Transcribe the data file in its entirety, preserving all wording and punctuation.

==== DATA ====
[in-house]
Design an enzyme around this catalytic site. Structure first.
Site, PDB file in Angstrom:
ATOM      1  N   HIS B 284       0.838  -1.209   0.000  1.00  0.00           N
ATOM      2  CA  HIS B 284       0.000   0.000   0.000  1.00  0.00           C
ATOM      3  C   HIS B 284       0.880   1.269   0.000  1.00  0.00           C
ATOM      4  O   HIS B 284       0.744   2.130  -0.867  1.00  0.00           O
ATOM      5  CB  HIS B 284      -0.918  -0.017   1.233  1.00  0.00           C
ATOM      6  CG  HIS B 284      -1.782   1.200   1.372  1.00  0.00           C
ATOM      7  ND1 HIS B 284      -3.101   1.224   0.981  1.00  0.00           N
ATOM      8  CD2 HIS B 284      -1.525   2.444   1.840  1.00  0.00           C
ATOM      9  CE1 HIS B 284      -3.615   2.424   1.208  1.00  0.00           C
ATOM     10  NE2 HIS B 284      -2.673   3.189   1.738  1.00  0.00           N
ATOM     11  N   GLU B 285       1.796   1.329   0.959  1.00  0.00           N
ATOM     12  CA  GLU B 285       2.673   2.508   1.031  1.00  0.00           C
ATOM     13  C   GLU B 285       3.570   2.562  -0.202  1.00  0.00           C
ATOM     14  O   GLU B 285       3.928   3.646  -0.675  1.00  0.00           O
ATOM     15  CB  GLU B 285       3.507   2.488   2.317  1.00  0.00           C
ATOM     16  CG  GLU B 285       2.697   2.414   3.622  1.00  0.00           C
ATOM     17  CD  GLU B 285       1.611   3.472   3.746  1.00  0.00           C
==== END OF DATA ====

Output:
[in-house]
Design an enzyme around this catalytic site. Structure first.
Site, PDB file in Angstrom:
ATOM      1  N   HIS B 284       0.838  -1.209   0.000  1.00  0.00           N
ATOM      2  CA  HIS B 284       0.000   0.000   0.000  1.00  0.00           C
ATOM      3  C   HIS B 284       0.880   1.269   0.000  1.00  0.00           C
ATOM      4  O   HIS B 284       0.744   2.130  -0.867  1.00  0.00           O
ATOM      5  CB  HIS B 284      -0.918  -0.017   1.233  1.00  0.00           C
ATOM      6  CG  HIS B 284      -1.782   1.200   1.372  1.00  0.00           C
ATOM      7  ND1 HIS B 284      -3.101   1.224   0.981  1.00  0.00           N
ATOM      8  CD2 HIS B 284      -1.525   2.444   1.840  1.00  0.00           C
ATOM      9  CE1 HIS B 284      -3.615   2.424   1.208  1.00  0.00           C
ATOM     10  NE2 HIS B 284      -2.673   3.189   1.738  1.00  0.00           N
ATOM     11  N   GLU B 285       1.796   1.329   0.959  1.00  0.00           N
ATOM     12  CA  GLU B 285       2.673   2.508   1.031  1.00  0.00           C
ATOM     13  C   GLU B 285       3.570   2.562  -0.202  1.00  0.00           C
ATOM     14  O   GLU B 285       3.928   3.646  -0.675  1.00  0.00           O
ATOM     15  CB  GLU B 285       3.507   2.488   2.317  1.00  0.00           C
ATOM     16  CG  GLU B 285       2.697   2.414   3.622  1.00  0.00           C
ATOM     17  CD  GLU B 285       1.611   3.472   3.746  1.00  0.00           C